A one-trick pony walks a fine line. If the experience is short and sweet, the nature of the repetition can be easily forgiven and overlooked, whereas doing the same thing over and over again for dozens of hours on end can really put a sour taste in the mouth. That's what Exoprimal is battling against. Capcom's latest has a fantastic elevator pitch: two teams of five players in small mech suits battle against hordes of dinosaurs to complete a course as quickly as possible, whereupon one final climactic showdown decides the winner of the match.
Platform(s): PC, PS5, PS4, Xbox Series X, Xbox One
Release date: July 14, 2023
The two teams of five players get to decide their roles, between Assault, Tank, and Healer classes. There's a few differing mechs within all three classes, each offering unique flashy abilities with which to smite dinos. The Assault mechs have explosive canons and pinpoint sniper rifles, while the Tank mechs are kitted out with giant hammers and miniguns, and the Healer mechs can gracefully soar high above the battlefield while peppering down aid.
Carving through hordes of dinos is really bloody fun. Exoprimal has this wacky physics system where any dino hit by an explosive is shot up into the air like a cartoon, and it's really satisfying to launch a cannon and see dozens of raptors bounce off the nearby environment and into the sky. Minibosses provide a nice change of pace from mowing down hordes, and force the entire team to work together if they want to step up the pace and best the other team.
Every mech is entertaining in its own right, and offers a surprisingly varied playstyle. The Vigilant caters to those who want to hang back and provide support, while the likes of Roadblock is better for those who want to get stuck in on the front lines. Bouncing between mechs, even in the middle of a match, brings a great variety to Exoprimal, since if you're not really feeling a class, you can just jump from one mech to the next.
You can even play as a damn dinosaur, albeit briefly. Exoprimal will occasionally grant you the chance to invade the enemy team's world as a gigantic, horned T-Rex, where you can smite and chomp enemy mechs until your health runs dry. It's a really nice change of pace from the frantic sprint through the horde-based challenges, and brings things down to a nice level of Exoprimal unshackling itself from a multitude of systems to just let you go wild and have fun.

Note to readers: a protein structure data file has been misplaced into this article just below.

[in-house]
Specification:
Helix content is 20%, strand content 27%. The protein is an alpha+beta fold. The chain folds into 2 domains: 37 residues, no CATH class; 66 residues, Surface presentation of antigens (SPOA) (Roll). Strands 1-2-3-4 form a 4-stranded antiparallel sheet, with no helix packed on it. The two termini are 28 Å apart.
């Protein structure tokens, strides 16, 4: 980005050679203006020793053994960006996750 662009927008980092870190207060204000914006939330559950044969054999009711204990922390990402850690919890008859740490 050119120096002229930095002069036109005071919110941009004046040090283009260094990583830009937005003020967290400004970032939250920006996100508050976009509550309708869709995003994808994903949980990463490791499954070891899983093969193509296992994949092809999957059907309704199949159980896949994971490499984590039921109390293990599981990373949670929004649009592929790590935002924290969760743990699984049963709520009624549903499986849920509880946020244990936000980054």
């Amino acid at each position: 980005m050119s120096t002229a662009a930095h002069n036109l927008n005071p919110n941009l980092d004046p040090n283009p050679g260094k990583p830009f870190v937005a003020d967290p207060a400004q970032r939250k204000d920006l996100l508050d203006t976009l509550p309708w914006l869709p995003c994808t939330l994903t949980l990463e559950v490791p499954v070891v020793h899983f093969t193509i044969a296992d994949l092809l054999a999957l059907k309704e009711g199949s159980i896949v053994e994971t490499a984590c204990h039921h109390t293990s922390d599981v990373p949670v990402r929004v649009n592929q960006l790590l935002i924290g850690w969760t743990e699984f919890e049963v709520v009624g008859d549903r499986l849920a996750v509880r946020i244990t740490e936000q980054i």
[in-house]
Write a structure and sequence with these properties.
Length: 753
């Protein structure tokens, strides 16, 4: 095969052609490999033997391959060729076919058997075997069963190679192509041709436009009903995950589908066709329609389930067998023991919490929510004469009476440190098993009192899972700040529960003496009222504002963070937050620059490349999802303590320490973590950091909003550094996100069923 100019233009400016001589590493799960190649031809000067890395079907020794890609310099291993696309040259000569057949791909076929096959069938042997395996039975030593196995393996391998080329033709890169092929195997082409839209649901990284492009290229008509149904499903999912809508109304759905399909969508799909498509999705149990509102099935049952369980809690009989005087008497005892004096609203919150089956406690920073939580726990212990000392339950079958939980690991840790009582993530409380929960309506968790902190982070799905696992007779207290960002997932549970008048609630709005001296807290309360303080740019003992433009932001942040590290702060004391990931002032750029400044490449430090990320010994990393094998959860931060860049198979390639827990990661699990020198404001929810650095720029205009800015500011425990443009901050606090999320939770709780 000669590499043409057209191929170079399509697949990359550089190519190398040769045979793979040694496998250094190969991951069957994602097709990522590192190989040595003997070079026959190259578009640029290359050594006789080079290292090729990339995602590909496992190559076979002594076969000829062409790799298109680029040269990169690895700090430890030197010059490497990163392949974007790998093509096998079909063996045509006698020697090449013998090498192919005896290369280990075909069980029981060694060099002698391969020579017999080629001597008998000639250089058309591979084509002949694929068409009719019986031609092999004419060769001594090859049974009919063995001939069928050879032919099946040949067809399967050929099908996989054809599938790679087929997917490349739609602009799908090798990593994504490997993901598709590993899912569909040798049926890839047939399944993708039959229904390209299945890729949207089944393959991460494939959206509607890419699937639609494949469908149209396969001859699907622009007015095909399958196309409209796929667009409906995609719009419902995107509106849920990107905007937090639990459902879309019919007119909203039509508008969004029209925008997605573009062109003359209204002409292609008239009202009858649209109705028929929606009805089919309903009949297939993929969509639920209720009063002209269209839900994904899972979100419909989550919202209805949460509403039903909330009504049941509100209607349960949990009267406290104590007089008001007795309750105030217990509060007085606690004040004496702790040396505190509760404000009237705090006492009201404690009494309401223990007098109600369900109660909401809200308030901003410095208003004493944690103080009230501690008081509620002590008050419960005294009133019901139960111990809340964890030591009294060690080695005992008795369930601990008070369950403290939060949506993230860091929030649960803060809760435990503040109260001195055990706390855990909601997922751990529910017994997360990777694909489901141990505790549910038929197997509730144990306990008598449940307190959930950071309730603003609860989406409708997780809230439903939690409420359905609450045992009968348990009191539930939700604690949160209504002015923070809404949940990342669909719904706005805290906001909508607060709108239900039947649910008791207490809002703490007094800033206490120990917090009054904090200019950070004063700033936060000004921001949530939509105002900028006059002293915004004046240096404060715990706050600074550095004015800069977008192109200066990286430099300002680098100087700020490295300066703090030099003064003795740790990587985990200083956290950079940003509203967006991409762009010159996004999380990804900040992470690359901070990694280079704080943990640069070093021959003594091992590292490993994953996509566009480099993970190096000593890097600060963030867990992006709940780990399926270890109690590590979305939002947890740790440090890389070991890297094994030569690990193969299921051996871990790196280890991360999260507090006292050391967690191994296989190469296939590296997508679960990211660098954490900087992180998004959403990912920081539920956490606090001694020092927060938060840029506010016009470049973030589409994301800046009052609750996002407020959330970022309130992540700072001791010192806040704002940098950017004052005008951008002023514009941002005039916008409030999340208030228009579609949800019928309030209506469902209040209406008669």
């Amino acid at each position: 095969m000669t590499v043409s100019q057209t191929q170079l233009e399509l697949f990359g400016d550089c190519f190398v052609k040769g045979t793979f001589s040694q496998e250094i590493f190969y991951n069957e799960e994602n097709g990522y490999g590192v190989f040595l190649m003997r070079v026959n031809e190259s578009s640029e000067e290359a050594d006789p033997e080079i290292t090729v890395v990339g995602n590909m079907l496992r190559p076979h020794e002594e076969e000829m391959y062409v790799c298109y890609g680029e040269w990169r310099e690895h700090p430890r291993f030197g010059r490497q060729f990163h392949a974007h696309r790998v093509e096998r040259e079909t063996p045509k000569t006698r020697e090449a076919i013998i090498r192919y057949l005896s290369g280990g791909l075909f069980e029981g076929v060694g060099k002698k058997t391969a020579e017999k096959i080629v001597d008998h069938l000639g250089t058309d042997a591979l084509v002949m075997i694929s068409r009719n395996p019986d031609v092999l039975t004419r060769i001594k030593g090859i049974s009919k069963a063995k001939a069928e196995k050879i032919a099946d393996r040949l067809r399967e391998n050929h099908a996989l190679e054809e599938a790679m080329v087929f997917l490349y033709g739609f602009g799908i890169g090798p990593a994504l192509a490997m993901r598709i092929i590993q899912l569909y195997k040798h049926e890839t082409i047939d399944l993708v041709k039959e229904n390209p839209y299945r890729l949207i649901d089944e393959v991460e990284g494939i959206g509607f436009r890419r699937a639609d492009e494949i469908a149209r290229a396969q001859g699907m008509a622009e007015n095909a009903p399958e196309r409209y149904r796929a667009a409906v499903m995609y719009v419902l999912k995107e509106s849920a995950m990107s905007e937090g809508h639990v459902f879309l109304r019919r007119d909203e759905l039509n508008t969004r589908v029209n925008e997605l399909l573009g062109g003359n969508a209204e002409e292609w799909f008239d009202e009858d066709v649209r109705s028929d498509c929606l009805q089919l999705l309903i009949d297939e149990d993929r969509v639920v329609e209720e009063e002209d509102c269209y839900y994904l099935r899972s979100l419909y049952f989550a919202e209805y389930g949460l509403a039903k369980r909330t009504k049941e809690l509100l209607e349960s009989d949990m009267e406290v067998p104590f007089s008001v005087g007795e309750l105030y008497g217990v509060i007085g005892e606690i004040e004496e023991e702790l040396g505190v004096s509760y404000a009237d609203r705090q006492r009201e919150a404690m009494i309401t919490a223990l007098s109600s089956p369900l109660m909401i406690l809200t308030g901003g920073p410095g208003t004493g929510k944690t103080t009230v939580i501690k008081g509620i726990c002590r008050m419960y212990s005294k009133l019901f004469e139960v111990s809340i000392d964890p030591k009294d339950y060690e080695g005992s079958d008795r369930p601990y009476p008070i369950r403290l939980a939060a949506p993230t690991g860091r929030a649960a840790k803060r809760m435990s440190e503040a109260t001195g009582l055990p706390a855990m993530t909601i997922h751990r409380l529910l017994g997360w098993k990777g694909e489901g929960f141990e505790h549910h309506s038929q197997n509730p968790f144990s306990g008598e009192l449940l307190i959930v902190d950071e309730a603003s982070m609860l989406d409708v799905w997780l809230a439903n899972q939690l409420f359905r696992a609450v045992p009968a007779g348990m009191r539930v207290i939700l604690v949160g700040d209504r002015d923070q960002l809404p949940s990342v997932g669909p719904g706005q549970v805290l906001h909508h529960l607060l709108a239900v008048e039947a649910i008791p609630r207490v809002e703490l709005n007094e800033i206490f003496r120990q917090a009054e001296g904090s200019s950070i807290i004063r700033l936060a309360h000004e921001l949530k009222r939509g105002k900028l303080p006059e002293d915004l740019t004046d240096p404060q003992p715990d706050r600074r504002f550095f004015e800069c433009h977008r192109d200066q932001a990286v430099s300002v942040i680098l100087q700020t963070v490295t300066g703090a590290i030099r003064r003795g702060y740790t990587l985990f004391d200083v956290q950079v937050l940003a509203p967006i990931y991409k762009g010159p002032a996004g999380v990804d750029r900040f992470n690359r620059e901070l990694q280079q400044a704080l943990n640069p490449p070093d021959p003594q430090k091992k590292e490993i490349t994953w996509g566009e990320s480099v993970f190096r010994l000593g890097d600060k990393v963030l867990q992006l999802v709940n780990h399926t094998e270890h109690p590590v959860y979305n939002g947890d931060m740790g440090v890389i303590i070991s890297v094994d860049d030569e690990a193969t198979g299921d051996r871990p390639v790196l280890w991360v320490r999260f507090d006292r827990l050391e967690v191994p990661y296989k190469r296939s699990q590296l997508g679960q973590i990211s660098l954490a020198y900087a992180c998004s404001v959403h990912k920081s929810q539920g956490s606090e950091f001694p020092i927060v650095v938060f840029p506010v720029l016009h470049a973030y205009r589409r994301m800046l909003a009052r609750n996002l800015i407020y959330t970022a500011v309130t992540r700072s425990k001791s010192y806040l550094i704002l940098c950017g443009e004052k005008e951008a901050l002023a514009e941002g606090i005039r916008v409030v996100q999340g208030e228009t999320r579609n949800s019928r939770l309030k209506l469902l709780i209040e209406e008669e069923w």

Again, though, it's just a shame that all this variation in abilities is strictly confined to one game mode. The five-versus-five option has some variables in its objectives – you might be asked to slay a T-Rex in one match, or escort a data cube in another – but the changing objectives aren't enough to make one match stand out from the next. After a while, the whole thing just becomes a messy blur of missiles and gnashing teeth.
The PvP configuration can switch things up, but it's just not that fun, even in short bursts. You can toggle the conclusion of a match being event-based or player-versus-player focused to decide a victor, and I think the fact that Capcom only recently let players decide how to end a match like this is quite telling. Mechs fighting each other should be a blast, but the destructive abilities don't have the same satisfying feeling against mechs as they do hordes of dinosaurs.
A mystery to unravel
All this fighting is done against the backdrop of a time-travelling storyline. Our ragtag crew crashes on Bikitoa island in 2043, only for the sinister AI Leviathan to haul us all back in time three years to fight dinosaurs over and over again, right when the primevals first appeared out of nowhere. The seriousness of the story doesn't really gel that well with the silliness of how Exoprimal handles itself, but it's a pretty decent mystery with some alternate timeline shenanigans thrown in for good entertainment.
This story actually unfolds alongside Exoprimal's gameplay, a nice little deviation from the likes of Overwatch, where the story is stuck in the past and already occurred. There's a big detective-style plot wall hanging out in the menus that periodically opens up new scenes when you complete matches, so you can advance the story at your own pace or just abandon it. Exoprimal isn't afraid to get silly here, scrawling things like 'WHERE DID THE DINOSAURS COME FROM?' across your screen, and I really admire it for that.
Exoprimal's story might not be stuck in the past, but its live-service trappings feel like they are. Game development timeframes are now so long at the bigger studios that hot new trends can cool off by the time a studio gets around to shipping a project. Exoprimal feels like a victim of this – a project that was kickstarted back when it felt as if everyone was trying to riff off Fortnite's success with the Battle Pass, but one that's shipped to a world decidedly colder on being sold a new Battle Pass by yet another game.
It doesn't really help that there's very little in the way of material progression in Exoprimal. Aside from the story, you're working with a series of modifiers and side weapons for each mech, unlocked as you level up each individual suit. The mods focus on relatively minor stat changes, like how much knockback damage you take from a dino, while the side weapons can slightly tweak your mech with healing abilities, or bonus damage via a shoulder-mounted cannon. They're simply not enough to keep Exoprimal feeling fresh after a dozen or so hours.
Exoprimal is really fun – for five hours or so. There's simply not enough variation here to keep Capcom's latest feeling fresh after a dozen or so hours, and mech suit customization just isn't an entertaining progression system. Carving through dinosaurs with destructive weapons like cannons and miniguns is a blast, but PvP combat and a lack of game modes really lets the minute-to-minute action down.
Exoprimal was reviewed on PS5, with code provided by the publisher.